Israeli Social Cleavages: The Good News



Israeli Social Cleavages: The Good News


Prof. Sam Lehman-Wilzig

Schusterman Visiting Israeli Scholar, Brown University


This topic might seem to be downright perverse. The social news from Israel the past few days has not been sanguine. Arab-Jewish riots in the traditionally co-existing, mixed city of Acre (Akko in Hebrew), set off by an Israeli-Arab driving through a Jewish neighborhood with car radio blaring. So what’s the good news?

           It is hard to focus on what does not make the news – especially if years and years go by and the topic supplies no “news”. But that is highly newsworthy in itself – especially when the subject used to make the papers on a daily basis.

           Israeli political scientists (of which I am one), have been teaching their students for decades that Israel is an over-burdened polity as a result of the large number of serious social cleavages between groups, any one of which would be enough to destroy another democracy. The main ones: 1- Ashkenazi (Jews of Western origin) vs. Mizrakhim (Jews of Arab country provenance); 2- Religious (ultra and national) vs. Secular; 3- Israeli Arab (“Palestinian”) vs. Israeli Jews. To these one can add the central political cleavage of Left (pro-peace process) vs. Right (Greater Land of Israel).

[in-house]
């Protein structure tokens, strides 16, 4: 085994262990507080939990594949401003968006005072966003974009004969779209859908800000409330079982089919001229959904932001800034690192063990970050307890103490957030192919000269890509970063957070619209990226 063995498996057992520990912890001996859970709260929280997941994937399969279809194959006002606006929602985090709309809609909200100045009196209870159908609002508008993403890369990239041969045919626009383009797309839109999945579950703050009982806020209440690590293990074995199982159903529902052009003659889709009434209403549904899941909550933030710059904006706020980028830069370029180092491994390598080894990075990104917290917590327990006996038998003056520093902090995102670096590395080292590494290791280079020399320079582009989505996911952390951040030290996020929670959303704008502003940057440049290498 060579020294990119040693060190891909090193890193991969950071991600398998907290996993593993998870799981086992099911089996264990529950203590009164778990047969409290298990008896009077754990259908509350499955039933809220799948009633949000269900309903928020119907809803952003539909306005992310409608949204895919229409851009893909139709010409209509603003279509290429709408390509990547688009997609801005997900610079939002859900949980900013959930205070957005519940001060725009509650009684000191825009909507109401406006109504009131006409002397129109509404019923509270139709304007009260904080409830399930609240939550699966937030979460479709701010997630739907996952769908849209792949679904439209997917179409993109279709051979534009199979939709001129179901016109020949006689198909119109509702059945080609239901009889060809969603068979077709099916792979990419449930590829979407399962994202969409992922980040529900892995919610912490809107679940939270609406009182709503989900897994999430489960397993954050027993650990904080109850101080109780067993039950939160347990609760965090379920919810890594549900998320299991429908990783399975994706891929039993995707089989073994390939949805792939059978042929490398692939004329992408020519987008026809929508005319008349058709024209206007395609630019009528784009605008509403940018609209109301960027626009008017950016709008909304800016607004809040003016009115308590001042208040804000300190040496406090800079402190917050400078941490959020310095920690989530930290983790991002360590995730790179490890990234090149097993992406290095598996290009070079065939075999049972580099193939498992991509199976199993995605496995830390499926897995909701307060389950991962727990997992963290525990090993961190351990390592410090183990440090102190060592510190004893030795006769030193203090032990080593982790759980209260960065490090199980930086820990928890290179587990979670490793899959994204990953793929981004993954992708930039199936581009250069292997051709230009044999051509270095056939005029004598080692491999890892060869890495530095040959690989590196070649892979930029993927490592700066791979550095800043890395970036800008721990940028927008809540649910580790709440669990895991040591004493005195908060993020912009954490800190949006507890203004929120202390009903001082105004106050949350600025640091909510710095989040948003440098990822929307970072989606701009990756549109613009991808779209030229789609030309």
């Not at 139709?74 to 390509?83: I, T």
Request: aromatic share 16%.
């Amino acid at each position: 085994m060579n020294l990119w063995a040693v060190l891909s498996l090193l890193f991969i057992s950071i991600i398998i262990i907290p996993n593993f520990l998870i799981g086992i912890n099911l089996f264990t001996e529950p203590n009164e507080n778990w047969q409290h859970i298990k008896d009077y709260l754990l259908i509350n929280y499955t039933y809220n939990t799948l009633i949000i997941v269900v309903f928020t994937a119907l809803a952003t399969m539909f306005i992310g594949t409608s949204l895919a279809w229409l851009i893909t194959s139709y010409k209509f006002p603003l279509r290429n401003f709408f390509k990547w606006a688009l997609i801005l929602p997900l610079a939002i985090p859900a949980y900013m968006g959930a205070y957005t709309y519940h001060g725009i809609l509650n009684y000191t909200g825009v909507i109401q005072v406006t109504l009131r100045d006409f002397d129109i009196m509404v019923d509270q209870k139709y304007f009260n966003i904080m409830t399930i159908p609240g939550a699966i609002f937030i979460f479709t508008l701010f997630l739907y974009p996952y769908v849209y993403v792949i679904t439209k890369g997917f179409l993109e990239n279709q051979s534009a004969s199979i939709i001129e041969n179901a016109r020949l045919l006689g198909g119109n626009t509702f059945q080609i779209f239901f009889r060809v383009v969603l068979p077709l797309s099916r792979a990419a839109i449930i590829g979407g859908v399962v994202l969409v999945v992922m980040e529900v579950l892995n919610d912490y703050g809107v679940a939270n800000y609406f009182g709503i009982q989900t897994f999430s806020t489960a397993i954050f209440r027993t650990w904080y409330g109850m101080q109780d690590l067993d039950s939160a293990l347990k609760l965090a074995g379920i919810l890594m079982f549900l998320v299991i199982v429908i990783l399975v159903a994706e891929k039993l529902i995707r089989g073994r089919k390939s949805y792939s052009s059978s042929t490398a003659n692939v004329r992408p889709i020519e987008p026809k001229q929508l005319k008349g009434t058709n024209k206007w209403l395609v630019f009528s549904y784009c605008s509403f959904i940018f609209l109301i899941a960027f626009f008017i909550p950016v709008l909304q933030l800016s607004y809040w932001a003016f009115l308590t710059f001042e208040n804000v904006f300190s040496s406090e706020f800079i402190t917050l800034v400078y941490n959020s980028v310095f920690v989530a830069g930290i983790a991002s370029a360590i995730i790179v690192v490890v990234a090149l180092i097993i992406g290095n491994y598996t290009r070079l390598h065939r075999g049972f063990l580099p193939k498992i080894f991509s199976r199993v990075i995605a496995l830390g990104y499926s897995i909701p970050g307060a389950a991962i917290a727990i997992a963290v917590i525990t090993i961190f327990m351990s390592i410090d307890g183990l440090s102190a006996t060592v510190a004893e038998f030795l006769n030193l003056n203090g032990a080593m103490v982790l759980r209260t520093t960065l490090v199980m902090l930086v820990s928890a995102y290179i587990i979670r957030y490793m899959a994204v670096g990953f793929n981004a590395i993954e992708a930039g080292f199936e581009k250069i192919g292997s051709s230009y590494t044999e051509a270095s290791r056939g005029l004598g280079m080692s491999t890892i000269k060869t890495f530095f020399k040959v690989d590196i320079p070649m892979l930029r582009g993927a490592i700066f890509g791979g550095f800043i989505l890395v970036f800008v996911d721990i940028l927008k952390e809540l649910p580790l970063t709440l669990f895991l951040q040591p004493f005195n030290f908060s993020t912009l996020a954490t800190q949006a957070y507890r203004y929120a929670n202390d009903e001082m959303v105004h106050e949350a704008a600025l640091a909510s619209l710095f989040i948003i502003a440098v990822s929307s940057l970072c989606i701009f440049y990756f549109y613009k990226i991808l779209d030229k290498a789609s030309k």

But most of these no longer exist as deep-rooted splits in Israel. Mizrakhim have made it to the highest echelons of society and politics (several Israeli Presidents and Army Chiefs of Staff; the present Speaker of the Knesset; many of the richest tycoons). Partly as a result, there are no more virulent campaigns like that addressed to Shimon Peres in 1981 with rotten vegetables and curses slung at him during election stops. The ultra-Orthodox are slowly entering Israeli society with nascent Haredi units existing in the Army and even a few (secular studies) colleges for the ultra-Orthodox population that has come to realize that it has to work in order to make a living. Moreover, Israel no longer suffers from massive religious demonstrations like the stone throwing on the Ramot Road in Jerusalem that went on for years every Sabbath back in the 1970s. And as to the political Left-Right split, while some animosity still exists, most of Israeli society has moved to the Center as the last election results illustrated and as constant polls show regardless of which politician is up and which down.

           In short, Israeli society has decidedly come of age. This is not to say that there are no tensions in these areas and that an unusual outburst could not still occur. But it is to say that these topics no longer have the political resonance that they once had, in part because Israelis have found the way to finesse the problems, in part because they have solved the most egregious aspects of these cleavages, and in part out of pure social exhaustion.

           So the social “non-news” is actually quite good. That leaves the major societal area of bad news that is reported on by the media. And here – completely against the grain of the other domains of Israeli life – the news is indeed bad. In fact, the split between Israeli Arabs (not just Moslems; Bedouin too) and the Jewish majority is getting palpably worse. Why this is so – and what Israel could (and should) do about it, I’ll discuss in next week’s post. Meanwhile, it would behoove Israelis and their supporters alike to bask just a little in the significant progress that has been made – the lack of “news” on this score notwithstanding.


Oct. 12, 2008

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